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Habituating wild leopard cubs: a unique experience

The Waterberg, South Africa, is not famous for leopard sightings. Sightings are generally few and even then are generally just a blur of yellow and spots. Before working in the Marekele National Park I worked for two and a half years on another reserve in the Waterberg. During that time I saw two leopards dashing across the road. We are very lucky in the Marakele to have a handful of leopards that are relaxed around the vehicles.

About three months ago a tiny leopard cub was spotted on an evening game drive. At first glance, and in the dark, the ranger mistook it for an African wildcat, but as it dashed for thick cover he saw the tell tale spots. A leopard cub! For the next few days a guide sat quietly in a car waiting, watching and listening for any alarm calls. Nothing. After a week we reopened the area; the mother had obviously moved her cub.

About two weeks later a game drive came down the same road and there stood a leopardess with two little cubs!

The cubs slinked off at the sight of the vehicle. After game drive all of the guides jumped in a cruiser and went to where the brief sighting had been.

We found a big bull elephant happily feeding on the top of a drainage line close to where the leopards had been spotted. When we stopped to look at him there was a slight movement in the drainage line – there was the leopardess! Once again she slinked off. We waited a few minutes before turning the car around and then waited patiently. 10 minutes later she gingerly poked her head out from behind a bush. She then crossed the road with two cubs in tow!

The first leopard cubs I had ever seen. The shutter on my camera sounded like a machine gun! As I pulled the camera away from my face a third cub hopped out from the bush! It was much smaller than the others and struggled a bit to walk across the road. It froze when it saw us

Mum picked it up and they all disappeared into the bush.

I was so excited I could feel my heart beating! I had seen my first leopard cubs and discovered a third one!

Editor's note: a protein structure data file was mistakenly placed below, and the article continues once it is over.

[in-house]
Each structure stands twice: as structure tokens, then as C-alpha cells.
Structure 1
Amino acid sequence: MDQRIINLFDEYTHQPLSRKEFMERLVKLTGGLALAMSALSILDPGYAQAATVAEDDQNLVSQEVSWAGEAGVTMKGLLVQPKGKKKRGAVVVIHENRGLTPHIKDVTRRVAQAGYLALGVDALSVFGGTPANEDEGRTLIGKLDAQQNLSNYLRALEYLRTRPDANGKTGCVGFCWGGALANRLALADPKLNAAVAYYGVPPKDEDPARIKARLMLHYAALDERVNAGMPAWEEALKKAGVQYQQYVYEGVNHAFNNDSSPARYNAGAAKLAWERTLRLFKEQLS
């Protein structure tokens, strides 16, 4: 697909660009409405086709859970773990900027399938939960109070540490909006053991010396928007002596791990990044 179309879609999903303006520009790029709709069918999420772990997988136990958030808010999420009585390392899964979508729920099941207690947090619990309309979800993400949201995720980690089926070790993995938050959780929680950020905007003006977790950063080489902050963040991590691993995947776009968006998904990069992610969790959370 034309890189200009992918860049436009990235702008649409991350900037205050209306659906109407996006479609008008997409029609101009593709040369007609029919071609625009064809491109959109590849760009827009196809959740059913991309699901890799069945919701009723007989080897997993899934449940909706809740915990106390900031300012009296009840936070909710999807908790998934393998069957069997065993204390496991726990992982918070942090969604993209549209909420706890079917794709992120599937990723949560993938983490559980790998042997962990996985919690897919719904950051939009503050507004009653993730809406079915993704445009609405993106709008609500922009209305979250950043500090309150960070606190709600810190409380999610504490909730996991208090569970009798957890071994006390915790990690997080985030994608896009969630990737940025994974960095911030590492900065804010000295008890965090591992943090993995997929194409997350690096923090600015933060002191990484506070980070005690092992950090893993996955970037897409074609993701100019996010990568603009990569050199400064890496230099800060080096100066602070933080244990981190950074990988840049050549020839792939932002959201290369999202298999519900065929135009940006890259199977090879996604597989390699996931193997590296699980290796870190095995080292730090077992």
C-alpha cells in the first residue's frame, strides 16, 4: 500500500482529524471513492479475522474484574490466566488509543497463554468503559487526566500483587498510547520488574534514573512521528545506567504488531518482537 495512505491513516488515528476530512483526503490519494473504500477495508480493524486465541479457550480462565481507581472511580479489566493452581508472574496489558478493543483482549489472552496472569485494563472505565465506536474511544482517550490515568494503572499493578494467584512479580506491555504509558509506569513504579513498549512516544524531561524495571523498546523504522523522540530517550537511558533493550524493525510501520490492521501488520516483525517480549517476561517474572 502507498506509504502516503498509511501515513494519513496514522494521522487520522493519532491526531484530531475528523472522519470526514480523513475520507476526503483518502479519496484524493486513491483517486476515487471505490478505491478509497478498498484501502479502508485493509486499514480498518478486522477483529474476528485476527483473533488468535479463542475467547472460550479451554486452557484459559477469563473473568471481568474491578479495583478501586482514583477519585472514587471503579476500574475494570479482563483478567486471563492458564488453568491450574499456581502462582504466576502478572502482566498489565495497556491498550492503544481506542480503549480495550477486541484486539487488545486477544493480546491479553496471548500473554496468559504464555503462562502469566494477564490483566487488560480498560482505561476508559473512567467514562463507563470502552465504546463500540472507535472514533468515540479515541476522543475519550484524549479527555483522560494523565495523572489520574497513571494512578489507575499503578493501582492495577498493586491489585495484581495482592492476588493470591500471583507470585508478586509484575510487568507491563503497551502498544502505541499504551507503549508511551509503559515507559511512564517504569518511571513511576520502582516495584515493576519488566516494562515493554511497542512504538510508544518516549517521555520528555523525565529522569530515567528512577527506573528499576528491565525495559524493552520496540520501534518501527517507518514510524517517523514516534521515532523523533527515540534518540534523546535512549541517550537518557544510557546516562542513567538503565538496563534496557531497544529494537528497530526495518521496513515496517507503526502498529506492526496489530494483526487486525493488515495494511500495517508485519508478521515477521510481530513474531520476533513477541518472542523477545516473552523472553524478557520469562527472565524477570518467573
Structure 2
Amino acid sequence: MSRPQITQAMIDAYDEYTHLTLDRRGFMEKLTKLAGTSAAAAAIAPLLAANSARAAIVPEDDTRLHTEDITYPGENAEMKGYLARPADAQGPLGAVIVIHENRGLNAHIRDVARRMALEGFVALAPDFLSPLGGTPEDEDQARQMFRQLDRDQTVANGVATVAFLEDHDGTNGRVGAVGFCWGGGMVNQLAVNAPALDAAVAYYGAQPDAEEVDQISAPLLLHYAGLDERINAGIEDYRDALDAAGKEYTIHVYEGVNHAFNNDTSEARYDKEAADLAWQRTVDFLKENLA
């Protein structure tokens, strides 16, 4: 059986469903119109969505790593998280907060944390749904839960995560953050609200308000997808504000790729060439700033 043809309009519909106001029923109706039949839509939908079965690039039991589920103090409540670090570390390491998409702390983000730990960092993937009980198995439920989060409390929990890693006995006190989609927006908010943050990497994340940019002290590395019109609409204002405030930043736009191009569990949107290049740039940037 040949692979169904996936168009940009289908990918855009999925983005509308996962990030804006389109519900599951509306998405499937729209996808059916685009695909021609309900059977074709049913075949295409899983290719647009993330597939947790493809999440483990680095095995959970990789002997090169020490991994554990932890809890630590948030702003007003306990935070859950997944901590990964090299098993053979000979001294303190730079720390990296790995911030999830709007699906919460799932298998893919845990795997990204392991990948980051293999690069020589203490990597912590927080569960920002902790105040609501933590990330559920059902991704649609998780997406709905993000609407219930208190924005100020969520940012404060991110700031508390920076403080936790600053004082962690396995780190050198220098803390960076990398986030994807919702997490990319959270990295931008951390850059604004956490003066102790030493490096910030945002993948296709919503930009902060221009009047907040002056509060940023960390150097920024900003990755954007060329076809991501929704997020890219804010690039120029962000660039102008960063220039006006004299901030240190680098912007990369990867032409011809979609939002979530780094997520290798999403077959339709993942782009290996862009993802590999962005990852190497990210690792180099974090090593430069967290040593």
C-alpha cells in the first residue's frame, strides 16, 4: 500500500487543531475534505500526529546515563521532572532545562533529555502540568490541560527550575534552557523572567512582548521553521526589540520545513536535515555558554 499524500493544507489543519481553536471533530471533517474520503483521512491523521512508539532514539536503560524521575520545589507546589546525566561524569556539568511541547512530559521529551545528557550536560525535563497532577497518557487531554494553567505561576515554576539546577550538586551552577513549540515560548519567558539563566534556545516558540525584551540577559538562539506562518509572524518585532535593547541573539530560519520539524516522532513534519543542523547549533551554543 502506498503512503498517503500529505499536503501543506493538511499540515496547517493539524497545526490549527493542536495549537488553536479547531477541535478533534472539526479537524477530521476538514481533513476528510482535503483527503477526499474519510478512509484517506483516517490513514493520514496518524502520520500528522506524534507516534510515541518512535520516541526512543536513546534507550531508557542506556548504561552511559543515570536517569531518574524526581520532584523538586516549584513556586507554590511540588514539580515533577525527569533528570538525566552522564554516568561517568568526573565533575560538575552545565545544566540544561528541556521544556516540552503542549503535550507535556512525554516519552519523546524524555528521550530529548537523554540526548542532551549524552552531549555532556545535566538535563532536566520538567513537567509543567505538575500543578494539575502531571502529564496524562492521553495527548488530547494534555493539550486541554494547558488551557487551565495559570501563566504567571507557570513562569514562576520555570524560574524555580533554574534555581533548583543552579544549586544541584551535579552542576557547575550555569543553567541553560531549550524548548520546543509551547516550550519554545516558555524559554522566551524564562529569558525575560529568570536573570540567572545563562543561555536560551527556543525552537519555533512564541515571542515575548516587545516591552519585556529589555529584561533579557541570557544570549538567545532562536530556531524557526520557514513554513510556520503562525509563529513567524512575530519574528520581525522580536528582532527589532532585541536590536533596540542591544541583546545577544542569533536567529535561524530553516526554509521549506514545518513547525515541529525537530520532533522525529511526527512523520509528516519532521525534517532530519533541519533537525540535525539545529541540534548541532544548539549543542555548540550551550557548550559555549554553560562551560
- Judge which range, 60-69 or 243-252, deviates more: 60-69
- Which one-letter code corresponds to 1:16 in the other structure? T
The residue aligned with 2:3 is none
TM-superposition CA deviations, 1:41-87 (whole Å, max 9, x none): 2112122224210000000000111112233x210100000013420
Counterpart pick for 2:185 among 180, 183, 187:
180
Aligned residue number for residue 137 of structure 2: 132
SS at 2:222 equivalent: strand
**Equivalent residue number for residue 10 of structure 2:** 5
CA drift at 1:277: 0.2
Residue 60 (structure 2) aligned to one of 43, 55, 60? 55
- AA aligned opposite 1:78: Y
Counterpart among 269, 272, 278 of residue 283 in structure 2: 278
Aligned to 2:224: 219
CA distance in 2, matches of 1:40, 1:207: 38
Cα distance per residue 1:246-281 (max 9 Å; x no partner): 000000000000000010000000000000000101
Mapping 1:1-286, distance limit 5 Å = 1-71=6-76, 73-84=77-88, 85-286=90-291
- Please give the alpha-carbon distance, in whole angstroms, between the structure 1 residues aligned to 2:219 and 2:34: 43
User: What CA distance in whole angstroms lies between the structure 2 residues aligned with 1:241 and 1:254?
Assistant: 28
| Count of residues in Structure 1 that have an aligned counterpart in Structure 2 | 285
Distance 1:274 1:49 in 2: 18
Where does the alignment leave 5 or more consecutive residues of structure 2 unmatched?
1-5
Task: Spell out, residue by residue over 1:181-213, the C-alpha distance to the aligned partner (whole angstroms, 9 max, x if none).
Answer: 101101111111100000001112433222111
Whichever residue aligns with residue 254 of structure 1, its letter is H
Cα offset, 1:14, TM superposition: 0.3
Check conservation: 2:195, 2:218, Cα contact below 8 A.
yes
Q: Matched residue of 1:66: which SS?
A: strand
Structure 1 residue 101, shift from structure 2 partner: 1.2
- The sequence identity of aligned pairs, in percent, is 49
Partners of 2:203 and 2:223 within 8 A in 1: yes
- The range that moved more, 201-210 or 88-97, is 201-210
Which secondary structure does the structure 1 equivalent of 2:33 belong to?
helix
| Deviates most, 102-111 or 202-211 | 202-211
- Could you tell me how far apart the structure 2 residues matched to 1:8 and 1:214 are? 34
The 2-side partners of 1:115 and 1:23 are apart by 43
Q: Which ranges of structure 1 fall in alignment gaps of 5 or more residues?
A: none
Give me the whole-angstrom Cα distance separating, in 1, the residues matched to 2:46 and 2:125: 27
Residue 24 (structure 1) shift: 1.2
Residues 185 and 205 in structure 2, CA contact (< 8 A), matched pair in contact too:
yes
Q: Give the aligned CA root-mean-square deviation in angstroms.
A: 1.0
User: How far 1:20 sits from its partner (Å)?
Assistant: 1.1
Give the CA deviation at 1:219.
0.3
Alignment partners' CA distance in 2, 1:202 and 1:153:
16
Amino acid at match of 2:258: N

Everyday for the next few weeks we returned to this area between drives. We would sit for hours on end chatting and moving the car every now and then. The majority of the time we did not see the leopards but we knew that they were not far away. Animals would alarm call around us on a regular basis and we knew we were being watched and heard.

This was my first experience attempting to habituate leopard cubs but common sense dictates that any interaction with the cubs must be a positive one. Negative interactions at this time would affect how they would perceive vehicles and humans in the future.

This was a learning curve for all of the guides and I won’t pretend the female leopard was always happy with our presence. On one occasion she was found on an impala carcass with the cubs feeding. You can see from her reaction below that she did not want to be disturbed:

This photograph was taken after she charged the vehicle. As soon as she returned to the carcass the vehicle left the sighting. From then on, if she was feeding we left her alone.

Over time the cubs became more relaxed and inquisitive about the vehicle. On a number of occasions we were lucky enough to see them suckling from their mother. This is the ultimate sign of relaxation so when they suckled we continuously turned the vehicle on and off and moved the vehicle a couple of metres at a time. By doing this they became accustomed to the noise and movement of the vehicle and learnt not to fear it. In the end they simply ignored the start of the ignition. If the mother left the cubs we also left as we did not want the cubs to become distracted by us; a mistake that could cost them their lives. If the cubs moved we never followed them off road as we did not want them to feel chased.

There appeared to be a bit of a cycle with the areas that the leopardess used. I can only assume that she had other den sites that we have not found, only tracks. Using different den sites would prevent one area smelling strongly and attracting any predators. Even baboons are a danger to leopard cubs.

I have learnt a lot over the last few months and had my patience tested on a daily basis. I have sat baking in the midday heat hoping to just catch just a glimpse of a leopard or cub. I have listened to francolins, monkeys, impala, and squirrels alarm calling in anticipation that any second now a leopard would appear out of the bush. I have raced around getting things ready for my afternoon game drive because I spent too long sitting in the bush in between drives. I have been exhausted. But most importantly I have loved every minute of it! It is very satisfying to sit quietly now and watch these bundles of fluff playing and know that my friends and I have had something to do with how these leopards will behave around vehicles as they grow up.

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